OGILVY, Hon. Donald (1788-1863), of Clova, Forfar
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Family and Educationb. 27 May 1788, 3rd but 2nd surv. s. of Walter Ogilvy of Clova (d. 1819) and Jean, da. of John Ogilvy, MD, of Balfour and Murkle; bro. of Hon. William Ogilvy*. m. 8 Feb. 1815, Maria, da. and coh. of James Morley of E.I. Co. 3s. (1 d.v.p.) 4da. (3 d.v.p.). d. 30 Dec. 1863.
Cadet, E.I. Co., 1804; ensign 16th native inf. Bengal 1806, lt. 1808, res. 1814.1
Maj. E. Forfar militia 1809; col. Forfar and Kincardine militia 1828-57.
Ogilvy’s father, the self-styled 5th earl of Airlie, an advocate, had succeeded his insane nephew David to Cortachy Castle and family estates in Forfarshire and Perthshire in 1812 and initiated the proceedings which led to the reversal by Act of Parliament in 1826 of attainders imposed on the Jacobite 3rd earl in 1715 and Lord Ogilvy in 1745, so confirming Ogilvy’s elder brother David as 4th earl of Airlie.2 Intended with his brothers for a military career, Ogilvy entered the East India Company’s army in 1804. After failing to rise above the rank of lieutenant, he settled with his wife, the daughter of a former East India Company writer, at the Balbengo estate, near Fettercairn, and from 1820 at Clova.3 At the general election of 1830, when his family were recovering from whooping cough at his brother William’s residence, Airlie Castle, he contributed to Airlie’s bid to boost his political influence and become a representative peer by contesting Perth Burghs, where he was unexpectedly defeated by John Stuart Wortley.4 He petitioned urging the Lords to reject the provost of Dundee’s petition against its disfranchisement as a burgh, 8 Nov. 1830, and had Stuart Wortley unseated, 11 Dec. 1830, but with his own eligibility to stand at the ensuing by-election in doubt, William was substituted for him. He was defeated, but returned in March 1831 on petition, so unseating the Grey ministry’s lord advocate Francis Jeffrey.5 The Ogilvys failed to return a Member at the 1831 general election and their conduct at the Forfarshire meeting on 16 May, when Donald Ogilvy proposed a petition for ‘safe reform’ and criticized the Scottish bill’s provisions for county representation (a £10 householder vote and the enfranchisement of £50 copyholders), spawned an acrimonious public correspondence with Jeffrey and the Whig reformer Douglas Gordon Hallyburton of Pitcur, whom Ogilvy narrowly defeated at the Forfarshire by-election in October.6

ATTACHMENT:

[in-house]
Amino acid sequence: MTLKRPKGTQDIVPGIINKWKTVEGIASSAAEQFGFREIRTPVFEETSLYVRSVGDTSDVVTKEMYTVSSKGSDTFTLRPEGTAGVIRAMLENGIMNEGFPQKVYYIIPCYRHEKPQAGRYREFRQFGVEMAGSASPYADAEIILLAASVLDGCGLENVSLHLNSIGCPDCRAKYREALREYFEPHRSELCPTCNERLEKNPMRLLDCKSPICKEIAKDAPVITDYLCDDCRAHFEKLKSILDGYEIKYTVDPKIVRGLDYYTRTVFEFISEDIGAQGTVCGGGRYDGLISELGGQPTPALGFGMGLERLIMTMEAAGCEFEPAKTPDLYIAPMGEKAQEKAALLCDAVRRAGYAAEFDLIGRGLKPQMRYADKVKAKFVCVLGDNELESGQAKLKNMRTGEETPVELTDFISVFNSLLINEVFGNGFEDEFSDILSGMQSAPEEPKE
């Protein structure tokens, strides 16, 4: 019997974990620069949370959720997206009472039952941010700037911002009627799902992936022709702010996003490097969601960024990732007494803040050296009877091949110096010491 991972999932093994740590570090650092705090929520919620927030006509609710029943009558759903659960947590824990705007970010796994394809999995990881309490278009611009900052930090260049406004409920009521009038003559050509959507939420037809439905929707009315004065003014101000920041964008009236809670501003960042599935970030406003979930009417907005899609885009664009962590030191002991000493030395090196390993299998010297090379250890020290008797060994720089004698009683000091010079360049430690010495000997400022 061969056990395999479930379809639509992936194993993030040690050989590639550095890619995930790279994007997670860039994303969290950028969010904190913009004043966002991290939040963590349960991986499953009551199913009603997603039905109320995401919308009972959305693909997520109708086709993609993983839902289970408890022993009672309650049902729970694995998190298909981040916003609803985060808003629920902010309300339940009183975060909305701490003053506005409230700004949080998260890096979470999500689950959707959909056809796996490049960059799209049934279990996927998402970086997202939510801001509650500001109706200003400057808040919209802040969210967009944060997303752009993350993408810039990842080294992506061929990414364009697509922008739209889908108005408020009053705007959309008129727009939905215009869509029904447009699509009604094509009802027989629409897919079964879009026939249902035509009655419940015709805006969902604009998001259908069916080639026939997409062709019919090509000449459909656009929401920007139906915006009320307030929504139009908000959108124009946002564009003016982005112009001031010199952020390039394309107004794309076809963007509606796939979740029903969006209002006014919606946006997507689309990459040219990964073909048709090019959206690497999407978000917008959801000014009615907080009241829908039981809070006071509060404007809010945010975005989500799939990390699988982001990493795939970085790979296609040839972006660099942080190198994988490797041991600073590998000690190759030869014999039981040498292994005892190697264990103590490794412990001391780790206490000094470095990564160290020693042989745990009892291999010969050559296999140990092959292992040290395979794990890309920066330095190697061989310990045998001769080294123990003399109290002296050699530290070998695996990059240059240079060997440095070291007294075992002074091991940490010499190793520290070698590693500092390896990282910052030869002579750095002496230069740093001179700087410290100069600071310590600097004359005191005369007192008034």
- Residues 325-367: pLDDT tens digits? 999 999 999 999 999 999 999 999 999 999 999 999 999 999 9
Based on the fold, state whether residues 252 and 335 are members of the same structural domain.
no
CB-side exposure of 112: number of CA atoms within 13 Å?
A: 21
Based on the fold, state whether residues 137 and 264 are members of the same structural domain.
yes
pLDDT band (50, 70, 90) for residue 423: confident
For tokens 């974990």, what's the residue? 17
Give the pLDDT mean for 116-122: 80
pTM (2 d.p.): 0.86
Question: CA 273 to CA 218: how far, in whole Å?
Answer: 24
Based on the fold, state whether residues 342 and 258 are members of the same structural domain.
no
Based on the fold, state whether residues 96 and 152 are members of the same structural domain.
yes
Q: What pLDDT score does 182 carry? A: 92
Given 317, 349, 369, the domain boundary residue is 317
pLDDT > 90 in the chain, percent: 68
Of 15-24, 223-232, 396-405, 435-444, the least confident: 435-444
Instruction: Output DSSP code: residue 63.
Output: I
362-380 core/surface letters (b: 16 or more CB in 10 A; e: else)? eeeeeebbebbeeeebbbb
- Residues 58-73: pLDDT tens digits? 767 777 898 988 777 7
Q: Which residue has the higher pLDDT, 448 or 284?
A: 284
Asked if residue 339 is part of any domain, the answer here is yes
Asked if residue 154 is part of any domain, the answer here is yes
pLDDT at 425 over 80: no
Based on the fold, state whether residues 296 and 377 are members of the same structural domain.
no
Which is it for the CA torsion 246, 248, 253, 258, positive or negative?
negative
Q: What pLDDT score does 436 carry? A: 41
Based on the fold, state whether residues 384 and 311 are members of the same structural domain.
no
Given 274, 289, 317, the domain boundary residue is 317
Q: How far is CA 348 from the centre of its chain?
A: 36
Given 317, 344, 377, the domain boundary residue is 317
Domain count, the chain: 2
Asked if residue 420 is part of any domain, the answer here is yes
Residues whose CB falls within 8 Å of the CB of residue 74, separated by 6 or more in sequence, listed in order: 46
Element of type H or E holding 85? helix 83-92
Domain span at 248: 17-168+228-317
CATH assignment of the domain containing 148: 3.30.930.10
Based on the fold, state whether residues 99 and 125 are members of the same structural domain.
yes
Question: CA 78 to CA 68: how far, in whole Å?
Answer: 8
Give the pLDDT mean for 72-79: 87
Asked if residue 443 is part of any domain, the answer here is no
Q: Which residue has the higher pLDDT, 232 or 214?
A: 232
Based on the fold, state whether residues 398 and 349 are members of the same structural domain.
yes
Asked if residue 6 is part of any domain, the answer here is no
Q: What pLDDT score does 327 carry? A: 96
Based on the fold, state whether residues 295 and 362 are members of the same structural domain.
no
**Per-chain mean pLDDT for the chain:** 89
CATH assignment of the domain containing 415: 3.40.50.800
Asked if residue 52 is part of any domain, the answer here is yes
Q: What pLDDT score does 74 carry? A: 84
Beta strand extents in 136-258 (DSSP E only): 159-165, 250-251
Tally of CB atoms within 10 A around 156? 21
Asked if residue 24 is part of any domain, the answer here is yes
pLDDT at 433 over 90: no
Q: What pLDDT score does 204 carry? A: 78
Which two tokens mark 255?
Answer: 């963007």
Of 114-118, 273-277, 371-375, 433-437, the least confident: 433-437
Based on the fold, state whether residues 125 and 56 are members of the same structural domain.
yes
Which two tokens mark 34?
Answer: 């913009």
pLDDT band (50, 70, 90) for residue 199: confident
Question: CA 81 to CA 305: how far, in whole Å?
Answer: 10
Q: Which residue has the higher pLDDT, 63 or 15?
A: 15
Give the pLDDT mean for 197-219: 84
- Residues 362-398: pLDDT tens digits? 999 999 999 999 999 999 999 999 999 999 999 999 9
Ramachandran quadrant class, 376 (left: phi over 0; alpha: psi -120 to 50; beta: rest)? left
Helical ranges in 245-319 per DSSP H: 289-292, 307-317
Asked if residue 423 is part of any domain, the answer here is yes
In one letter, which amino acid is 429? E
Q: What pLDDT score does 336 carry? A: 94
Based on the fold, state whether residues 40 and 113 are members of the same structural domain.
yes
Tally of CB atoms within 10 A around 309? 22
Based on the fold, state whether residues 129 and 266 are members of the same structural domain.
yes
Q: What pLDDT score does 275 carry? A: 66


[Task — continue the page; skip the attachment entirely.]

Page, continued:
Before being unseated on petition, 31 Jan. 1832, he voted against the revised English reform bill at its second reading, 17 Dec. 1831, and committal, 20 Jan., and against government on the Russian-Dutch loan, 26 Jan. 1832.7 Writing on 4 Jan. 1832 to Airlie, he denied reports that he had suggested ‘taking the sense of the county’ on reform and described his quandary over his future candidature:
I am most anxious to let my friends in Forfarshire know that under an extended constituency I would not again come forward, but I hesitate to tell them, which it would in fact be doing, that the government reform bill will be carried, as I just learn that the king is to create as many peers as these rascally ministers choose ... It would look like giving in, even before the Scotch bill was before us ... My opinion is that I have nothing to do but to let some of the party (ours) know my intentions and it is for them to judge of the candidate they would wish to succeed me.